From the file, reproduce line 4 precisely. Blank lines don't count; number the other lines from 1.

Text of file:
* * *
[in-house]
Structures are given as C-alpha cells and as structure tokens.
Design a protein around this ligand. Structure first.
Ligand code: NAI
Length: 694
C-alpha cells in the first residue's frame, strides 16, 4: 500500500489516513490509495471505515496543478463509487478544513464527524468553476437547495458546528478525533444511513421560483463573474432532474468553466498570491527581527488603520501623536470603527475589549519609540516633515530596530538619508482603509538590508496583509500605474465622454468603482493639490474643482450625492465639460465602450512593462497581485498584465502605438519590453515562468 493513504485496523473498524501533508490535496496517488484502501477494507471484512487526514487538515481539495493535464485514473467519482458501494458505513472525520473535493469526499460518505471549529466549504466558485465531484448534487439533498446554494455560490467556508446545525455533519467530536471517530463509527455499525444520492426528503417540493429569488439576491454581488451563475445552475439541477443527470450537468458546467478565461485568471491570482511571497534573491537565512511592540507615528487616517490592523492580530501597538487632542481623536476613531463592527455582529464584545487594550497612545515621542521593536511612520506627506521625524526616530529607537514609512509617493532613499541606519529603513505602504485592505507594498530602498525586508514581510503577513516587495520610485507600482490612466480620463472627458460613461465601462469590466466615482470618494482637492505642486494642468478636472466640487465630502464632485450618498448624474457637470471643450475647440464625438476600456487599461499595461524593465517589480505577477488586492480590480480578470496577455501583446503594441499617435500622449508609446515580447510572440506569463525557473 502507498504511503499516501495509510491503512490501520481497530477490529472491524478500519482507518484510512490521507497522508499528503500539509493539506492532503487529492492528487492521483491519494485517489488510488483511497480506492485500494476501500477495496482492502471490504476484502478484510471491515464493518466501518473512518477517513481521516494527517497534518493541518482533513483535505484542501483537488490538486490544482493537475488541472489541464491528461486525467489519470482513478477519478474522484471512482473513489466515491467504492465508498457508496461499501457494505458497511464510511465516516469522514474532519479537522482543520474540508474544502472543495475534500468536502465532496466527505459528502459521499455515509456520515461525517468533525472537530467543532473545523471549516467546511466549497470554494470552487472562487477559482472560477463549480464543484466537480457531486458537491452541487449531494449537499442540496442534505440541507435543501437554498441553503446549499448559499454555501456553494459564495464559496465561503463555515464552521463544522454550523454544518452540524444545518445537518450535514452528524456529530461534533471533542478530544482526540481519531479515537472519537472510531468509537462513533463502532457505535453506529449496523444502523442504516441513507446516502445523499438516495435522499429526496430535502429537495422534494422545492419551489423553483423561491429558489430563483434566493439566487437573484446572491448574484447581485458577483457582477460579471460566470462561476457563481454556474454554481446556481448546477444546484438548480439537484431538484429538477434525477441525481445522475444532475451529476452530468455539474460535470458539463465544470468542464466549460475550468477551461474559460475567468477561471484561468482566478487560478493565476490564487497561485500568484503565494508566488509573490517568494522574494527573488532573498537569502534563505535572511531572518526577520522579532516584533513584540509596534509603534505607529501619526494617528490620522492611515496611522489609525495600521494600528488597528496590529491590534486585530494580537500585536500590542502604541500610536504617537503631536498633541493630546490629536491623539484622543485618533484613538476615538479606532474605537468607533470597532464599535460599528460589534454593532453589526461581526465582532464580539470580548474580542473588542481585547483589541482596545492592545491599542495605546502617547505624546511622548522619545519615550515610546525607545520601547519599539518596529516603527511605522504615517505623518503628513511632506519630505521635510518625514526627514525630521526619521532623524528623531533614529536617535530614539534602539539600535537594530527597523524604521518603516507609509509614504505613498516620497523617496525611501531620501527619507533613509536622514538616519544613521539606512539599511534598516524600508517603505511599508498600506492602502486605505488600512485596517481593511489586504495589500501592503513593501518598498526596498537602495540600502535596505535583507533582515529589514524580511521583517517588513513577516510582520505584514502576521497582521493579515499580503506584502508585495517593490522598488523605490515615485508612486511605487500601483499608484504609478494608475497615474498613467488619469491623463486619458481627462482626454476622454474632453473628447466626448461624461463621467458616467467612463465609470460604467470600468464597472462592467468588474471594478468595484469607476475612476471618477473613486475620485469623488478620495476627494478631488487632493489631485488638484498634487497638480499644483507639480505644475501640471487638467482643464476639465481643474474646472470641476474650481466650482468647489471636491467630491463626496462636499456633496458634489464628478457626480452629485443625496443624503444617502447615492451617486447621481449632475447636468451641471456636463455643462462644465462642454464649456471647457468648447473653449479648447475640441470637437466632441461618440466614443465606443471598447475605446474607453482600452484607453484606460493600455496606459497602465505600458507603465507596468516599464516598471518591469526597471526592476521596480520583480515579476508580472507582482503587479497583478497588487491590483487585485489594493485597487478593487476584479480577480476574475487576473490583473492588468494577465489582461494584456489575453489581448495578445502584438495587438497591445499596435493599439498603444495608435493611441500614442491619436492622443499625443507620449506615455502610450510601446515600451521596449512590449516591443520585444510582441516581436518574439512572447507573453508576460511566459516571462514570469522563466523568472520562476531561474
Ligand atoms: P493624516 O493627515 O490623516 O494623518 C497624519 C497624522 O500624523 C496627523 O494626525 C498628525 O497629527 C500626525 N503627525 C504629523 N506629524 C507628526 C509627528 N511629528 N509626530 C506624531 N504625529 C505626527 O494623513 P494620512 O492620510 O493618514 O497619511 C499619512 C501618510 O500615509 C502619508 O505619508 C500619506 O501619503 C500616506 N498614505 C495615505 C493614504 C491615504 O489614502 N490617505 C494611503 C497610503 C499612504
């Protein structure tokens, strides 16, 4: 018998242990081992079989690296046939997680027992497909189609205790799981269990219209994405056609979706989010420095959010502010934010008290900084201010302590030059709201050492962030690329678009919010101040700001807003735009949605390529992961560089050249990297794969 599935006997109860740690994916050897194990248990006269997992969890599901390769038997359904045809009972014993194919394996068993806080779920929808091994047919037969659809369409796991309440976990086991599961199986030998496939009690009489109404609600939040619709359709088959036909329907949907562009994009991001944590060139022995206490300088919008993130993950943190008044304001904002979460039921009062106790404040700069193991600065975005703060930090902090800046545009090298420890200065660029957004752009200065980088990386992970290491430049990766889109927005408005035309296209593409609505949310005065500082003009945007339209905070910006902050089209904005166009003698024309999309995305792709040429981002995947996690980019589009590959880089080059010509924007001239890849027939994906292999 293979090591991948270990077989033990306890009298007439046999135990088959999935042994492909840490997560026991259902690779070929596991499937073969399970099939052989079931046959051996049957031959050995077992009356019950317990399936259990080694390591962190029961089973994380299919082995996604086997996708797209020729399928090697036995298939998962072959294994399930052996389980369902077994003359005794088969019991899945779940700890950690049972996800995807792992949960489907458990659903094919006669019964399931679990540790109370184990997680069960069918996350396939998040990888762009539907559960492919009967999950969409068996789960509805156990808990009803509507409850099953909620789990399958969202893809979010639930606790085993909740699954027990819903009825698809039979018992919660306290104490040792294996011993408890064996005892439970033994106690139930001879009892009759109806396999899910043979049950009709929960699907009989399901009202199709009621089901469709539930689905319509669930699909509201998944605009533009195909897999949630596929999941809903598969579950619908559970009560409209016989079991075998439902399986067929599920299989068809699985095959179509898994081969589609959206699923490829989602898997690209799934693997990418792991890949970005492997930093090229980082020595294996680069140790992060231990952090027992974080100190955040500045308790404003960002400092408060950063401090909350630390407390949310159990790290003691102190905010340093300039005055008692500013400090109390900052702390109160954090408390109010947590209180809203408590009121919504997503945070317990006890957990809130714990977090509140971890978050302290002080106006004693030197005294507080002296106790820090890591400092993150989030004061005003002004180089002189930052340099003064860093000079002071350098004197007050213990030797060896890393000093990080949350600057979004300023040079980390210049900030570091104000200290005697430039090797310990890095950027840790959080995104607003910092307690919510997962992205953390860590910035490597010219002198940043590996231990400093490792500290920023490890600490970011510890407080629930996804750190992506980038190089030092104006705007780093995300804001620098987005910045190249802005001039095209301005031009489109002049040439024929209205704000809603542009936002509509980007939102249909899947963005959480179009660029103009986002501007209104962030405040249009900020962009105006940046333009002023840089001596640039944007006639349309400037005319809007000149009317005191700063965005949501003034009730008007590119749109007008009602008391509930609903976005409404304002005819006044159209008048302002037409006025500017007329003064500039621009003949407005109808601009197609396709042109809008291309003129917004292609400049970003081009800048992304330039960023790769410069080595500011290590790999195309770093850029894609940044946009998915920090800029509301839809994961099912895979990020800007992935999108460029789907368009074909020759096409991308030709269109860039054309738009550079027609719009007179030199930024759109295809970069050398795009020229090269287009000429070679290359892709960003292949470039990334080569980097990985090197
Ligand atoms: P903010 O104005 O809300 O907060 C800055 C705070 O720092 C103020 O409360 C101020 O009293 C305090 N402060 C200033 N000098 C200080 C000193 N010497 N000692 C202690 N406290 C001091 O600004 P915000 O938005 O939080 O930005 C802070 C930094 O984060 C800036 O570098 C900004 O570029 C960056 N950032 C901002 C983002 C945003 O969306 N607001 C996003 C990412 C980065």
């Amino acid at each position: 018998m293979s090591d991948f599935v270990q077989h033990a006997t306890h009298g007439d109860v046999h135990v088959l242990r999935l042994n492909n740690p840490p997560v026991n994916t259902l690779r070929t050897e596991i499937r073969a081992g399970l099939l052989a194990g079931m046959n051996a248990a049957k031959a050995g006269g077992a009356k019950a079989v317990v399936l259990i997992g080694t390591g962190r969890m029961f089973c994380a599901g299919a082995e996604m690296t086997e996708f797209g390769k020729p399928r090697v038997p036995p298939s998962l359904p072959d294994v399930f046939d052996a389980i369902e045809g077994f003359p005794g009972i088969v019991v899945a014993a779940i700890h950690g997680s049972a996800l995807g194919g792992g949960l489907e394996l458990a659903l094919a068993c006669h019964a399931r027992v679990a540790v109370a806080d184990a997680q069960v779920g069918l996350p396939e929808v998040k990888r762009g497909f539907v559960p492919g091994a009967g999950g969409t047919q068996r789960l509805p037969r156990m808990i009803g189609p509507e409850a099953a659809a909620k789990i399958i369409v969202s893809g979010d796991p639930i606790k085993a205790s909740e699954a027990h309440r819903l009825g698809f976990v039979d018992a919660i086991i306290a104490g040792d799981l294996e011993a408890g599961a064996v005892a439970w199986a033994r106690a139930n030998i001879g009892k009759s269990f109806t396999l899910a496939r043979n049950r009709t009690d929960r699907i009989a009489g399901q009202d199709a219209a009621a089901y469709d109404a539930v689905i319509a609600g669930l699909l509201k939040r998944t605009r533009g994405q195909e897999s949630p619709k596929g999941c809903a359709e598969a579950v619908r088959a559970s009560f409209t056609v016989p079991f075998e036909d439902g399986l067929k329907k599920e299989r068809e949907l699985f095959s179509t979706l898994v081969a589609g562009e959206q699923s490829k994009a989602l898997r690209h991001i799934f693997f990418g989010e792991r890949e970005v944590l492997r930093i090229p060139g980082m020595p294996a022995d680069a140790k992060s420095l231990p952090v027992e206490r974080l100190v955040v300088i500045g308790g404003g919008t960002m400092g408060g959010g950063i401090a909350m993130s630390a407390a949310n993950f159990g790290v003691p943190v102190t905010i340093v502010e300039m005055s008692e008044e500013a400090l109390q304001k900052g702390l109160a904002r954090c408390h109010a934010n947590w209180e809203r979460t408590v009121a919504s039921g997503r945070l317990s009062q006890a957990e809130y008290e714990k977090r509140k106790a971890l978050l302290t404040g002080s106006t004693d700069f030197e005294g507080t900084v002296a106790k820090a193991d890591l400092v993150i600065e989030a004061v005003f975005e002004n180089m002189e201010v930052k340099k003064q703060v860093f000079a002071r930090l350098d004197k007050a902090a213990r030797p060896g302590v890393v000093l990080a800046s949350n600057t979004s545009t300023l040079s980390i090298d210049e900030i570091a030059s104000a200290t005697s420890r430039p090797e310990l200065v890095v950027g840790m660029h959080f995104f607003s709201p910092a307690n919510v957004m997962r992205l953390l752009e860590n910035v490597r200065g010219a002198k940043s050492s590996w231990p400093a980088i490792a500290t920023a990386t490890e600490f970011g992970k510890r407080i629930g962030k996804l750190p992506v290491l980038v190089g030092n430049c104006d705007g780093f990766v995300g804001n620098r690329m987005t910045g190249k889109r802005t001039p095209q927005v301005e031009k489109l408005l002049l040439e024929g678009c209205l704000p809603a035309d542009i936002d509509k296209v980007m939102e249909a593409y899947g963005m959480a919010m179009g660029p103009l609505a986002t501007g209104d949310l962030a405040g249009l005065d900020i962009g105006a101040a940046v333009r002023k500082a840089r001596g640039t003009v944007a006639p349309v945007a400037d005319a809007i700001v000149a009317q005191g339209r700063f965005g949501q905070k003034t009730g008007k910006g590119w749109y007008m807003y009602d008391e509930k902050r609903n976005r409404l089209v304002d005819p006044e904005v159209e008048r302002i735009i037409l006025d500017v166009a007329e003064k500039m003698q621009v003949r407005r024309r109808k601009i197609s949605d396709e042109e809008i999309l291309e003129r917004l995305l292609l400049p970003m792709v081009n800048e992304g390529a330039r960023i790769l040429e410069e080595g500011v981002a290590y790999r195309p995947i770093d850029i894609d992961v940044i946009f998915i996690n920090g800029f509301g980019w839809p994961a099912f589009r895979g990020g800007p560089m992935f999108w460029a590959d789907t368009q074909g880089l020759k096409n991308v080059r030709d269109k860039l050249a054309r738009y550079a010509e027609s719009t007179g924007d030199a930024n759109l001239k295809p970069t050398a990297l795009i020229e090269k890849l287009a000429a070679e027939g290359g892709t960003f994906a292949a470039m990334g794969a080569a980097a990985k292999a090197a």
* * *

Ligand code: NAI